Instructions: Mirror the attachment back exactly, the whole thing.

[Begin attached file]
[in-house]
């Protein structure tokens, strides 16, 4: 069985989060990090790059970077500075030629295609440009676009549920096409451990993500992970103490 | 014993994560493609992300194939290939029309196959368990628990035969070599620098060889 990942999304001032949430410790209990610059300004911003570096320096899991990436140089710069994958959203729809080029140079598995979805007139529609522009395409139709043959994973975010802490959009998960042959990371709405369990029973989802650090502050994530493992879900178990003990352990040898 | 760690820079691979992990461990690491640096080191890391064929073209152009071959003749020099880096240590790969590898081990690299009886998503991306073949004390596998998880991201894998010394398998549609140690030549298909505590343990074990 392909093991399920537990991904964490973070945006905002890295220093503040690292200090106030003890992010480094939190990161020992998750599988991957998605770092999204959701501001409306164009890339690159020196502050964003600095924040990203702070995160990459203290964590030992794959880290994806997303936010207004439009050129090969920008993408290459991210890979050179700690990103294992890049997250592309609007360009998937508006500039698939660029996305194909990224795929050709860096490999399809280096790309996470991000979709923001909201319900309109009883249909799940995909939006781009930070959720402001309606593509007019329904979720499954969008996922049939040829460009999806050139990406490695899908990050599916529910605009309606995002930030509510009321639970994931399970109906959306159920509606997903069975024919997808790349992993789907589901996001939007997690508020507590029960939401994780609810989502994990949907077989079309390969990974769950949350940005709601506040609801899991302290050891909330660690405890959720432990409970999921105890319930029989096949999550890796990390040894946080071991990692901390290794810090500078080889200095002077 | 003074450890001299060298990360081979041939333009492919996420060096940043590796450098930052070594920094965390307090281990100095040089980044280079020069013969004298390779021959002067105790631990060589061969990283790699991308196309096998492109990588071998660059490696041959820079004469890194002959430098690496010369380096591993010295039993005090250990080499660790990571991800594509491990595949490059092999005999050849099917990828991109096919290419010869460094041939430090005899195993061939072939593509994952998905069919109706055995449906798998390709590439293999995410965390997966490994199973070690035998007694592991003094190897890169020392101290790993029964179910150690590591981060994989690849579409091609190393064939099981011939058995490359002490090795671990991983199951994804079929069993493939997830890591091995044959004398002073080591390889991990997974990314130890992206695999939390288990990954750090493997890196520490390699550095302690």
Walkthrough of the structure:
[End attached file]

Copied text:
[in-house]
């Protein structure tokens, strides 16, 4: 069985989060990090790059970077500075030629295609440009676009549920096409451990993500992970103490 | 014993994560493609992300194939290939029309196959368990628990035969070599620098060889 990942999304001032949430410790209990610059300004911003570096320096899991990436140089710069994958959203729809080029140079598995979805007139529609522009395409139709043959994973975010802490959009998960042959990371709405369990029973989802650090502050994530493992879900178990003990352990040898 | 760690820079691979992990461990690491640096080191890391064929073209152009071959003749020099880096240590790969590898081990690299009886998503991306073949004390596998998880991201894998010394398998549609140690030549298909505590343990074990 392909093991399920537990991904964490973070945006905002890295220093503040690292200090106030003890992010480094939190990161020992998750599988991957998605770092999204959701501001409306164009890339690159020196502050964003600095924040990203702070995160990459203290964590030992794959880290994806997303936010207004439009050129090969920008993408290459991210890979050179700690990103294992890049997250592309609007360009998937508006500039698939660029996305194909990224795929050709860096490999399809280096790309996470991000979709923001909201319900309109009883249909799940995909939006781009930070959720402001309606593509007019329904979720499954969008996922049939040829460009999806050139990406490695899908990050599916529910605009309606995002930030509510009321639970994931399970109906959306159920509606997903069975024919997808790349992993789907589901996001939007997690508020507590029960939401994780609810989502994990949907077989079309390969990974769950949350940005709601506040609801899991302290050891909330660690405890959720432990409970999921105890319930029989096949999550890796990390040894946080071991990692901390290794810090500078080889200095002077 | 003074450890001299060298990360081979041939333009492919996420060096940043590796450098930052070594920094965390307090281990100095040089980044280079020069013969004298390779021959002067105790631990060589061969990283790699991308196309096998492109990588071998660059490696041959820079004469890194002959430098690496010369380096591993010295039993005090250990080499660790990571991800594509491990595949490059092999005999050849099917990828991109096919290419010869460094041939430090005899195993061939072939593509994952998905069919109706055995449906798998390709590439293999995410965390997966490994199973070690035998007694592991003094190897890169020392101290790993029964179910150690590591981060994989690849579409091609190393064939099981011939058995490359002490090795671990991983199951994804079929069993493939997830890591091995044959004398002073080591390889991990997974990314130890992206695999939390288990990954750090493997890196520490390699550095302690």
Walkthrough of the structure: